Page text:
Information on this page, including unit offerings, is from the 2020 academic year.
Preparing for Professional Community Practice (COD303)
|Organisational Unit||Global Studies|
|Availability||MURDOCH: S2-internal, S2-external|
|Teaching Timetables||Murdoch S2
|Description||This placement unit gives students the opportunity to examine how ideas and practice interconnect. The primary part of this unit requires students to undertake a placement within an organisation that undertakes community-based work. Students will be encouraged to look, listen and consider the linkages between theory and practice by going 'into the field' and reflecting on the process of working within the community. Students are given support to find and negotiate a suitable placement, and required to complete 90 placement hours.|
|Unit Learning Outcomes||1. Application of concepts and theoretical ideas to the study of organisations that draw on notions of 'community'.
2. Comparing, contrasting and reviewing organisational practice with literature on sociology and community development.
3. Observing in depth the processes and practices of one organisation that draws on notions of 'community'.
4. Contributing to an organisation's activities by negotiating to carry out a series of practical tasks in an organisational setting.
5. Extending student's knowledge of organisations involved in community development initiatives.
6. Enhancing communication skills, including encouraging clear, concise and articulate presentation appropriate for different purposes.
7. Enhancing the ability to combine learning with practice by participating in some organisational activities during the placement.
8. Enhancing the ability to work within a collaborative team setting.
9. Enhancing participant observation skills by setting learning tasks that require the use of critical and analytical skills
|Timetabled Learning Activities||Seven three-hour workshops for internal students and recordings, PowerPoint presentations and reading material for online students.|
|Unit Learning Experiences||Students are offered reading material, access to workshops and a chance to carry out a short placement or project with a community organisation. In conjunction with the unit coordinator they will negotiate this project, report on their activities and undertake a reflective assessment. The learning approach adopted is strongly shaped by inductive and experiential traditions where people carry out a circle of planning, action and reflection with reading.|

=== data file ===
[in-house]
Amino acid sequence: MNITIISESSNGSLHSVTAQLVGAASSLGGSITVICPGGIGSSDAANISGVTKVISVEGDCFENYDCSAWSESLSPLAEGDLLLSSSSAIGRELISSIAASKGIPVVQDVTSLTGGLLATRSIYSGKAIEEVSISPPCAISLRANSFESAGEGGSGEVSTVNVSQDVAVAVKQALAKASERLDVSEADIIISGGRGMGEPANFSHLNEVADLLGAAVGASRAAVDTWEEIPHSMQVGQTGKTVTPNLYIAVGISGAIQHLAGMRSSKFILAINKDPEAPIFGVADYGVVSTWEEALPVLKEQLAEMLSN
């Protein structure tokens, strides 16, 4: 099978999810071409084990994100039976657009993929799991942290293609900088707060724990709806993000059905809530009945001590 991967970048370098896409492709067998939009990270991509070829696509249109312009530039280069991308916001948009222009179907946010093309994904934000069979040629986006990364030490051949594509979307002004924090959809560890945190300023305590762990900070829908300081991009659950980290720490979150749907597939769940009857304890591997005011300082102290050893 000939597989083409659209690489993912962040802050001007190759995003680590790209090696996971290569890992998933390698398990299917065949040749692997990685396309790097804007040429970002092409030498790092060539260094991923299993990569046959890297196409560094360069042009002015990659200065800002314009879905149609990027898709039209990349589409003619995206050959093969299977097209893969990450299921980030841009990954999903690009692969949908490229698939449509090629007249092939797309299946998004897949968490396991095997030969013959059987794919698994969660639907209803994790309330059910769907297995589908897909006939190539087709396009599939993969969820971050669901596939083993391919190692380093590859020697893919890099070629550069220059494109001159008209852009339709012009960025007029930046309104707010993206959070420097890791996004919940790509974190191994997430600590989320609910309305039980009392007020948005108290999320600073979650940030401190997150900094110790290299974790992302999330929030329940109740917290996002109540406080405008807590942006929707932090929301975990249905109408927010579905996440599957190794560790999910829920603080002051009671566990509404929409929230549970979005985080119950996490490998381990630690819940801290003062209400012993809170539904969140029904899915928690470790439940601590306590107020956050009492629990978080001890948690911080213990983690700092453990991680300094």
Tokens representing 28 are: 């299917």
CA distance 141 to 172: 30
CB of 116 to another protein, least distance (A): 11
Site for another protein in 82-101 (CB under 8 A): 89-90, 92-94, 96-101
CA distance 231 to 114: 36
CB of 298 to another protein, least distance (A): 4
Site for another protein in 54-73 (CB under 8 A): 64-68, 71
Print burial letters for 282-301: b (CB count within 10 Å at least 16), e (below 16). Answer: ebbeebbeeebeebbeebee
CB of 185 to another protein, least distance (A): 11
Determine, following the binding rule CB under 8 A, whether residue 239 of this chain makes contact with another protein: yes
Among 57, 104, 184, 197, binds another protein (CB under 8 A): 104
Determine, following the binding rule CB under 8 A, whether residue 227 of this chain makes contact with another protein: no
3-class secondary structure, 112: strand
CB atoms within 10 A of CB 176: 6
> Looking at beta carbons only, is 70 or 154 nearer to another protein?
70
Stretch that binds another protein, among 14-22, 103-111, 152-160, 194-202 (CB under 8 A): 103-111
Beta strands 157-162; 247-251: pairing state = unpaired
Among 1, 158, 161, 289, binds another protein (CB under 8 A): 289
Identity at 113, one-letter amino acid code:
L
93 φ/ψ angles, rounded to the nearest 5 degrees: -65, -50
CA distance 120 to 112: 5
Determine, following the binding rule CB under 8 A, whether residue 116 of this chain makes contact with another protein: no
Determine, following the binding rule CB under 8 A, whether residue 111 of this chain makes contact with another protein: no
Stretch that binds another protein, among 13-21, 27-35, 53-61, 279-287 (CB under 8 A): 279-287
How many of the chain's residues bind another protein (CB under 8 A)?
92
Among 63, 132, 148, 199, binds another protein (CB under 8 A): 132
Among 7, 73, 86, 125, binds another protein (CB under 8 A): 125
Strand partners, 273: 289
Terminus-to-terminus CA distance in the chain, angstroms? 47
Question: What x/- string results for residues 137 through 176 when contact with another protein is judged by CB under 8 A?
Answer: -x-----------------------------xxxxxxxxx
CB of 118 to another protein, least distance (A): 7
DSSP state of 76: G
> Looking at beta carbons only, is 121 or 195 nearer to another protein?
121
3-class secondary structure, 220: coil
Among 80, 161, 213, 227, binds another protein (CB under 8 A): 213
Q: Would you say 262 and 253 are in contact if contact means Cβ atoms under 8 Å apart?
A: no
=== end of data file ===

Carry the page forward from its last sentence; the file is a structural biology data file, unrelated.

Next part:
|Other Learning Experiences||Written assignments, reading, viewing of practice examples and reflection on writing for community development|
|Assessment||The assessments are designed to give students the opportunity to prepare thoughtfully for their placement, as well as providing a vehicle for active reflection on their learning.
Completion of 90 hour placement (pass/fail)
Placement proposal and documentation (40%)
Placement reflection (60%)
|Notes||Students are required to undertake a placement of 90 hours within a chosen organisation. This can be done full time in one block or spread over a longer time, depending on student circumstances and the availability of a suitable placement.
Students are required to organise their own placement, and must complete documentation to have their placement approved by the unit co-ordinator.
Students will be given suggestions and ideas about types of placements that may be available and how to go about gaining one. In the past, students have undertaken a wide variety of placements, including in local government authorities, community arts centres, environmental education centres, state government departments, migrant resource centres, schools, youth support agencies, community service organisations and many more.
|Appears in these Courses/Majors:
see individual structures for context
|Internet Access Requirements||Murdoch units normally include an online component comprising materials, discussions, lecture recordings and assessment activities. All students, regardless of their location or mode of study, need to have access to and be able to use computing devices with browsing capability and a connection to the Internet via Broadband (Cable, ADSL or Mobile) or Wireless. The Internet connection should be readily available and allow large amounts of data to be streamed or downloaded (approximately 100MB per lecture recording). Students also need to be able to enter into online discussions and submit assignments online.|
Ms Kylie Hosking
P/T Teaching Casual
Ms Kylie Hosking
P/T Teaching Casual